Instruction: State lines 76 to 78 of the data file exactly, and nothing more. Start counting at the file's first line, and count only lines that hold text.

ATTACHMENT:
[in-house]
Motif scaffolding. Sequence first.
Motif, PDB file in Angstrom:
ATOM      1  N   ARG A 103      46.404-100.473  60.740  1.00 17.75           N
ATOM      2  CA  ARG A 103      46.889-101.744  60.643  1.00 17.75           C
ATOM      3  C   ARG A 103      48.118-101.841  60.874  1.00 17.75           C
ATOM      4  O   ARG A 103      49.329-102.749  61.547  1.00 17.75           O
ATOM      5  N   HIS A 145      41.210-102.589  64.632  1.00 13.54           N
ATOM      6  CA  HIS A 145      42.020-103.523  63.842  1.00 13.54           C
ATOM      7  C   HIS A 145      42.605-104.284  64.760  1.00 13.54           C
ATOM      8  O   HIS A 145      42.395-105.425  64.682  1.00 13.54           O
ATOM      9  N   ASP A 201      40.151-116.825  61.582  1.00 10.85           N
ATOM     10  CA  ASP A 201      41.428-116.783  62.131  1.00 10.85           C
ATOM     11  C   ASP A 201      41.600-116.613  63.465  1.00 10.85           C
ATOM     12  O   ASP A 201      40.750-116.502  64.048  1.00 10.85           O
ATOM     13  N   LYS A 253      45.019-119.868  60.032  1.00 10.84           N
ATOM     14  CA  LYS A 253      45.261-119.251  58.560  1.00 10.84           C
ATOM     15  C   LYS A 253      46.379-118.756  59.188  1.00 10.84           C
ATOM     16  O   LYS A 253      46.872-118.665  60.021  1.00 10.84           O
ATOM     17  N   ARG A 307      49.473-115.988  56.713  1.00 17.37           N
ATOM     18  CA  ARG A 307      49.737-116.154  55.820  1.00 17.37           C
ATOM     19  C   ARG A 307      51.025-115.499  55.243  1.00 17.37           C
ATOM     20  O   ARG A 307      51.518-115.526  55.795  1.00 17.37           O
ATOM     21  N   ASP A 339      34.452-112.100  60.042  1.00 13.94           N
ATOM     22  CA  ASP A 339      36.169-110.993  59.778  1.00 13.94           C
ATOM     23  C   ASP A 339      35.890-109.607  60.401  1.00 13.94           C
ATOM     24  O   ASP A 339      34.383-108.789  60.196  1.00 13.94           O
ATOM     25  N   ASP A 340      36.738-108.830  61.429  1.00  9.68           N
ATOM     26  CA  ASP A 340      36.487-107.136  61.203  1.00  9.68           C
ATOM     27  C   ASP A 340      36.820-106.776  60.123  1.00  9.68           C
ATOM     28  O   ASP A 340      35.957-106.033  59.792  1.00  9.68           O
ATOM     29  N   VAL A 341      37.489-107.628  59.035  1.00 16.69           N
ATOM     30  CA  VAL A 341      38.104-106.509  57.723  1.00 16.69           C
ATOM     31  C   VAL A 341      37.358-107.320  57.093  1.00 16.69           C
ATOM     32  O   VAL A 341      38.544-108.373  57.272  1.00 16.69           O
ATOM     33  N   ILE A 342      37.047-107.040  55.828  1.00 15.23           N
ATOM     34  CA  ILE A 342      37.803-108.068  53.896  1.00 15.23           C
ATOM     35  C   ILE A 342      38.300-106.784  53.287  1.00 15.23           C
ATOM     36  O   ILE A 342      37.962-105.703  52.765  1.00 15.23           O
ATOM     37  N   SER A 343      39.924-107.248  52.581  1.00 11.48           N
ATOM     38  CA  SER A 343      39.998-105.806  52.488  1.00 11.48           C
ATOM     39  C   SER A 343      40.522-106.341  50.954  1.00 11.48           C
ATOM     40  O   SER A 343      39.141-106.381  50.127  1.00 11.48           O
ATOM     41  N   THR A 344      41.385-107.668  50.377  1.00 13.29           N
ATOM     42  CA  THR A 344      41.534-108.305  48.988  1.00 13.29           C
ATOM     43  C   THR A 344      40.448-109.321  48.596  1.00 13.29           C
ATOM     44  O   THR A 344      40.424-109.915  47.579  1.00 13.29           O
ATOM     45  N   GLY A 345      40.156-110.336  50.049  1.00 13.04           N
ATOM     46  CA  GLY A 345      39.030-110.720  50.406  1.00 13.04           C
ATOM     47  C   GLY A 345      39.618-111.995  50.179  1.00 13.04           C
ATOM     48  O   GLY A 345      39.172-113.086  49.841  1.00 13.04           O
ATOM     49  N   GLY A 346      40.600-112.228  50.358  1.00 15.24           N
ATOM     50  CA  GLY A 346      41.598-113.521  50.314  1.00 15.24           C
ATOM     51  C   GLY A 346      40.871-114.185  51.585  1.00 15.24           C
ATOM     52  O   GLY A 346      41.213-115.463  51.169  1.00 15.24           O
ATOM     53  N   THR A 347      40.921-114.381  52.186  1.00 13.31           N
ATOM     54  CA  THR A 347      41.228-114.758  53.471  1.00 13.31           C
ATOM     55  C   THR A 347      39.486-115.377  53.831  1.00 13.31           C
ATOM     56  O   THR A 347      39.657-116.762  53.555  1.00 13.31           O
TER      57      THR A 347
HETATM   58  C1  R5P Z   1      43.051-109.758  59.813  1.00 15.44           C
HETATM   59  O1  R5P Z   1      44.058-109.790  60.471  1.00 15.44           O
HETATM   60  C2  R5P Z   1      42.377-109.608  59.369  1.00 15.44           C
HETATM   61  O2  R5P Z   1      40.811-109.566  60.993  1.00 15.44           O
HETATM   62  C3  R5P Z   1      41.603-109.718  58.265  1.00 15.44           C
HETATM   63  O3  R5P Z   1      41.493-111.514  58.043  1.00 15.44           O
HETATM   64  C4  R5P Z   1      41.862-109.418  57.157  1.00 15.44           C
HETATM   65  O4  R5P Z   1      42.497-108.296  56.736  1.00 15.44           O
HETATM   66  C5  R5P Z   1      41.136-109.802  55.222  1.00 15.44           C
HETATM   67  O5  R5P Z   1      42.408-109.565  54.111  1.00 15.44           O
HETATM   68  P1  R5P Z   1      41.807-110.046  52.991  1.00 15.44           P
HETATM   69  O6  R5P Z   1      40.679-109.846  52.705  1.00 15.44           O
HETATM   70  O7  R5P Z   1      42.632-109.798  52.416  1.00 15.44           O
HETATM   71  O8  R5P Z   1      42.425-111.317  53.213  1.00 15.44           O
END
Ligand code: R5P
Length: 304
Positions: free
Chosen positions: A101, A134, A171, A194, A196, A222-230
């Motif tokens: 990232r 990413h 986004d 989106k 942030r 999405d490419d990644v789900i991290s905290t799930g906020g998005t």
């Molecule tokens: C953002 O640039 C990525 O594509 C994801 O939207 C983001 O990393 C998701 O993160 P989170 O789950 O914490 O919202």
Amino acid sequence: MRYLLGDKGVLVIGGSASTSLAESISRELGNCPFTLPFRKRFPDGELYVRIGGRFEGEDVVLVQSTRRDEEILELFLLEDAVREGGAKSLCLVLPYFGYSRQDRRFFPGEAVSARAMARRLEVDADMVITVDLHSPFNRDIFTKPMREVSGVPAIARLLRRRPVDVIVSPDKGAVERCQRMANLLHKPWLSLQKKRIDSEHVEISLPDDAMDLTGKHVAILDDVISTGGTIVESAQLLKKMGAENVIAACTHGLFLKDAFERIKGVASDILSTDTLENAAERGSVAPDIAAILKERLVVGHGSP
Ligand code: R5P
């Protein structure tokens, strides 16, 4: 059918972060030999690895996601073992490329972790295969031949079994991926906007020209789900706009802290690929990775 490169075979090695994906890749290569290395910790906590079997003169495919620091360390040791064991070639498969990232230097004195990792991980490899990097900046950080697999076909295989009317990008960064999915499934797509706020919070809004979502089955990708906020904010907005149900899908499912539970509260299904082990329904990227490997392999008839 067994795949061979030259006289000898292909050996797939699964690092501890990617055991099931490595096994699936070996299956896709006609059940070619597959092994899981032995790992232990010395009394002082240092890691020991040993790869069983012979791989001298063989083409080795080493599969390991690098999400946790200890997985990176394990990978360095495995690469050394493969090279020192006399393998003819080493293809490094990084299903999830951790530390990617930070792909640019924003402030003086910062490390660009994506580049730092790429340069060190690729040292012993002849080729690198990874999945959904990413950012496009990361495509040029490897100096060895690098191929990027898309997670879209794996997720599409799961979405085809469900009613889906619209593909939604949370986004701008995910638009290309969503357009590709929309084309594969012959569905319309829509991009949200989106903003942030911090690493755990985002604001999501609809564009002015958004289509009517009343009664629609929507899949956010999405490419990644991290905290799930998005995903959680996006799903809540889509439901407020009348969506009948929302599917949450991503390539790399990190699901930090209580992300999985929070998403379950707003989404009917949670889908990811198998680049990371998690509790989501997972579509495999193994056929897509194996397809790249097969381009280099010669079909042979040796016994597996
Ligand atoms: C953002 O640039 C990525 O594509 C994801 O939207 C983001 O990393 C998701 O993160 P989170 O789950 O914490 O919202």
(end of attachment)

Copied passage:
Ligand code: R5P
Length: 304
Positions: free